Photo taken on Dec. 5, 2018 shows a team of local experts restoring damaged or fully-destroyed antiques, mostly from IS-looted city Palmyra, at the National Museum of Damascus in Damascus, Syria. The IS group had stormed Palmyra twice during the more than seven-year-long war, destroying precious archeological sites, such as temples and tombs, and shattering sculptures into pieces in the ancient oasis city, which is registered by the UNESCO as a world heritage. After the war was over in Palmyra, the authorities brought in hundreds of damaged and fully-destroyed artifacts to the National Museum of Damascus to fix them, a process that is expected to take between five and eight years depending on the size of destruction and the availability of the materials used in the restoration process. (Xinhua/Wang Jian)
by Hummam Sheikh Ali
DAMASCUS, Dec. 7 (Xinhua) -- Heba Jouma, a conservator-restorer from the ancient city of Palmyra in Syria, works to bring back ancient features to the sculptures damaged by the Islamic State (IS) group.
Jouma was born in Palmyra, where most of Syria's precious historical treasures are located. She grew up and became a conservator-restorer in the museum of her city, which is called the pearl of the Syrian desert.
She never imagined that one day she would work to piece up the 2,000-year-old sculptures of her ancestors, but the war always surprises people and shifts their lives in an unexpected way.
The IS group had stormed Palmyra twice during the more than seven-year-long war, destroying precious archeological sites, such as temples and tombs, and shattering sculptures into pieces in the ancient oasis city, which is registered by the UNESCO as a world heritage.
After the war was over in Palmyra, the authorities brought in hundreds of damaged and fully destroyed artifacts to the National Museum of Damascus for fixing them, a process that is expected to take between five and eight years depending on the size of destruction and the availability of the materials used in the restoration process.
Jouma, along with seven other restorers, started working to fix the pieces over the past few months. For her, the job has something special, as she had lived with these artifacts before and developed a special relationship with them as if they were her family members.
"Generally, I used to take care of these pieces as we used to perform a periodic check on them for any possible damage. They were in good health, but now I see them in a state of destruction," she told Xinhua.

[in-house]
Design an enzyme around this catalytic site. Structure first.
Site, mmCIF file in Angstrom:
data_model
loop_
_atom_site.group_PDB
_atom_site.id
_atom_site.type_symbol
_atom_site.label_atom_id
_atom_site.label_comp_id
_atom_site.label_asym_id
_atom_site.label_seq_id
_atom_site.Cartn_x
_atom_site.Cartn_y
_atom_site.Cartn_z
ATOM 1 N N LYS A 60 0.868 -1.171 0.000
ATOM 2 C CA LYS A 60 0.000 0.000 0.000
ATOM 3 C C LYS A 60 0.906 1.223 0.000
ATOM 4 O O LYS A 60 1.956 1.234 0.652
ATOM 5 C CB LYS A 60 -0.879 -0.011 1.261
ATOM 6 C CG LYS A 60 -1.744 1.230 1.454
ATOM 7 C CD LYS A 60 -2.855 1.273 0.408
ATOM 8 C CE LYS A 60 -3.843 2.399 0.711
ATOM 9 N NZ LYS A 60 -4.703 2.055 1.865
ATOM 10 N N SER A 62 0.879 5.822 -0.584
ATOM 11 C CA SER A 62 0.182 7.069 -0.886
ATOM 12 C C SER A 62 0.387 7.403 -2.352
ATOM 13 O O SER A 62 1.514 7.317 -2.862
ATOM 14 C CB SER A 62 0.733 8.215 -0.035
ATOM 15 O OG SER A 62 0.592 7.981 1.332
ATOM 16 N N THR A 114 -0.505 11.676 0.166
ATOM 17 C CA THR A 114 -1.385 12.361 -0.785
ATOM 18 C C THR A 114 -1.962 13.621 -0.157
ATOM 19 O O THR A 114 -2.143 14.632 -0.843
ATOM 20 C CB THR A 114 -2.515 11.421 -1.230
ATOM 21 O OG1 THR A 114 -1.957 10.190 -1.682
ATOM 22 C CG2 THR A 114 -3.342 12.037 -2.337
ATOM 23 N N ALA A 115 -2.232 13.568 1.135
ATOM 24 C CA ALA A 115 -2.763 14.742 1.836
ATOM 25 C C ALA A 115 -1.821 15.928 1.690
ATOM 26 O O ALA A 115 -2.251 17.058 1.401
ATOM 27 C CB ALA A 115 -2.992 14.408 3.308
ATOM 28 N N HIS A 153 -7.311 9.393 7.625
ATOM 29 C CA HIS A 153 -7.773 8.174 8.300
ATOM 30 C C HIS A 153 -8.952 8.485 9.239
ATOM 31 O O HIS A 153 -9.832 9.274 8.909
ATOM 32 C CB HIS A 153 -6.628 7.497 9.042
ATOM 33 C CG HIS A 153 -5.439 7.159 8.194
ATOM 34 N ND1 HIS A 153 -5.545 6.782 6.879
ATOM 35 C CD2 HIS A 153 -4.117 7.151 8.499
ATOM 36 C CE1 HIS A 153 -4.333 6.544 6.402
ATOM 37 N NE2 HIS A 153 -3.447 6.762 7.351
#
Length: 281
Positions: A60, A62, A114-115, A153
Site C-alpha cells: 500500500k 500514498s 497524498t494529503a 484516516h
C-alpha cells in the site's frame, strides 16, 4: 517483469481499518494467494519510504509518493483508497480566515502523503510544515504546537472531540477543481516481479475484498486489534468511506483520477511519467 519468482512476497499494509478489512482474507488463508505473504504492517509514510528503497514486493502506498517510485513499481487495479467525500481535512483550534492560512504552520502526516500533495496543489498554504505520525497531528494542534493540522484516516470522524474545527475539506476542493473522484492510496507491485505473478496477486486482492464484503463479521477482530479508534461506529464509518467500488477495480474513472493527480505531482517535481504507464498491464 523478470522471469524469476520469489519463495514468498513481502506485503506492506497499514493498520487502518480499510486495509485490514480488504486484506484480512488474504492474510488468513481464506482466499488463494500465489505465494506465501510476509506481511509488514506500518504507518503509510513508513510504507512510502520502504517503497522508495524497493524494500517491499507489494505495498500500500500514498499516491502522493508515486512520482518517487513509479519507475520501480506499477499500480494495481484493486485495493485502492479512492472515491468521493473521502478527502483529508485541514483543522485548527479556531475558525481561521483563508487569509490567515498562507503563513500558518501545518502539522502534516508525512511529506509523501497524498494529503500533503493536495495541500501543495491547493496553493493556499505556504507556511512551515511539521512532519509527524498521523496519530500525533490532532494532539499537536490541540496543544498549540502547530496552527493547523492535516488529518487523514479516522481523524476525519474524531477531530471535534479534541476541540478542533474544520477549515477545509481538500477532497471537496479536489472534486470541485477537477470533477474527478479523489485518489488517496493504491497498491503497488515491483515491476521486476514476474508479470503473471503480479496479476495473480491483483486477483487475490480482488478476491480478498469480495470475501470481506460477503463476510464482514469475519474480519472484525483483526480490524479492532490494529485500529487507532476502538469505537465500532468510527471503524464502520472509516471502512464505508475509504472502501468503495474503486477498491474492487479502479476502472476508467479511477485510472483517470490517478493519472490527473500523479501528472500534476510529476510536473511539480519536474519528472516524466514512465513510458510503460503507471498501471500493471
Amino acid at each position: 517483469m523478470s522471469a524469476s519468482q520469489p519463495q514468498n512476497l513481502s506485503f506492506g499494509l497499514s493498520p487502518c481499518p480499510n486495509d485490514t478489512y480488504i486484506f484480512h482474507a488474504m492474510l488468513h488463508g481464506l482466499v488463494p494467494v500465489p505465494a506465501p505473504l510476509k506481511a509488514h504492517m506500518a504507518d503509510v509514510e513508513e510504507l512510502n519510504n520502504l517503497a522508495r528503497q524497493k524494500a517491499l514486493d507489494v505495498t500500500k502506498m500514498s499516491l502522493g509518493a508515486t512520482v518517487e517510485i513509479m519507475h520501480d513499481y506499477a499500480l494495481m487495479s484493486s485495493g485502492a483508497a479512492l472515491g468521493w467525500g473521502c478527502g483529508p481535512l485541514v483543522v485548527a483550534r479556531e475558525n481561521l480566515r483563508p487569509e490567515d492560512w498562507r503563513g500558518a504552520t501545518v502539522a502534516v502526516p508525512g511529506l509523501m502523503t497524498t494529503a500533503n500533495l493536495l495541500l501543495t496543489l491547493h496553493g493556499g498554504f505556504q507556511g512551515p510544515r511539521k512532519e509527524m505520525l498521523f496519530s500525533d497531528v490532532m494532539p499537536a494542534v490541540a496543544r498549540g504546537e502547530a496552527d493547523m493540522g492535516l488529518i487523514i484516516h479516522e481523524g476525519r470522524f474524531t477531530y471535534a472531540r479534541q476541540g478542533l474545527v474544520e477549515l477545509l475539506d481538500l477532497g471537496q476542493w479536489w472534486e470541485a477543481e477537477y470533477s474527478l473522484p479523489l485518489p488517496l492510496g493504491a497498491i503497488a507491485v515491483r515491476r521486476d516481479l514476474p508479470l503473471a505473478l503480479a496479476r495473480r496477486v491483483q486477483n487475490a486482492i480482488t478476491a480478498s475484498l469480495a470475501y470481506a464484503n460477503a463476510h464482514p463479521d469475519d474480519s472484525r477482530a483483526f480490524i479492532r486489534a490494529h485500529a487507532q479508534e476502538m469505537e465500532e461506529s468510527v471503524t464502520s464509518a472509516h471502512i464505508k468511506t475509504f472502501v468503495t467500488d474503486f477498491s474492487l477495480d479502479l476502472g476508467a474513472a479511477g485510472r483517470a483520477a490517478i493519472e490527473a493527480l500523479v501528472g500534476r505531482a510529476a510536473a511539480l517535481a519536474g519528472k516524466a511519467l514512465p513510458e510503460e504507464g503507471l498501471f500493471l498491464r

"I feel that these artifacts have been a victim of a crime or homicide that's how I see it. Now, we are trying to bring them back to life," she said.
As in any family emergency situation, Jouma said she takes good care of them now that they are unwell. She even asks her fellow restorers to treat the artifacts with extreme gentleness.
She has even named many sculptures, saying it is easier to talk with them. Jouma said she speaks to them while fixing them, such as saying "sorry for what happened to you" or "come on getting well I am trying my best here."
"I feel that some of them are my children and some like parents. I feel that they are a part of me I cannot express enough the sadness that I feel for what had befallen them," she said.
Sure, many of the sculptures at the restoration section in Damascus museum are busts of old characters in Palmyra and those busts had largely been placed as headstones over tombs of the ancient people in Palmyra.
Much of the damage has been made on the busts' faces, which were used, in the old times, to make statues for the soul to return to the bodies of the deceased.
Jouma and her colleagues said they are fixing the faces so that the spirits of the dead could return in peace one day.
The woman said she will keep working and restoring these artifacts so that they could return home together, to Palmyra.
"Anyone should be able to return home. These artifacts must return and the Palmyra museum should return as well," she stressed.
Khalil al-Hariri, director of the Palmyra Museum, succeeded to secure the escape of a number of artifacts from Palmyra museum just as the IS were inching closer to the city.
"During our escape from the city, bullets rained down on us from all directions, and I was injured in the hand. We escaped because it was better to salvage the artifacts and deliver them to safety rather than to lose our lives and the artifacts," he told Xinhua.
During the Syrian war, the Syrian authorities shut down lots of museums around the country and safely stored away over 300,000 pieces, but some sites such as in Palmyra were still destroyed by the IS, damaged or looted.
Antiquities officials said more than 9,000 artifacts were restored and reclaimed during the war, noting that thousands more were smuggled out of the country.
Now that the situation has been largely improved in the country in favor of the Syrian government, the authorities have recently re-opened a portion of the Damascus National Museum since 2012.
The opening of the museum comes in tandem with the restoration process of the damaged artifacts, under the supervision of the Syrian experts.
Mahmoud Hammoud, head of the Directorate-General for Antiquities and Museums, said that all of the damaged pieces currently under restoration are from Palmyra.
Despite the efforts to salvage the historic treasurers, the official said that a catastrophe has befallen the Syrian cultural heritage.
"All of the sites that went out of the government control were subject to the illegal excavations and destruction," he lamented.
The opening of the museum and the restoration process started by local experts delivers a message that the rich cultural heritage of Syria is still there despite the war and the destruction of some of the most precious historical treasures, he added.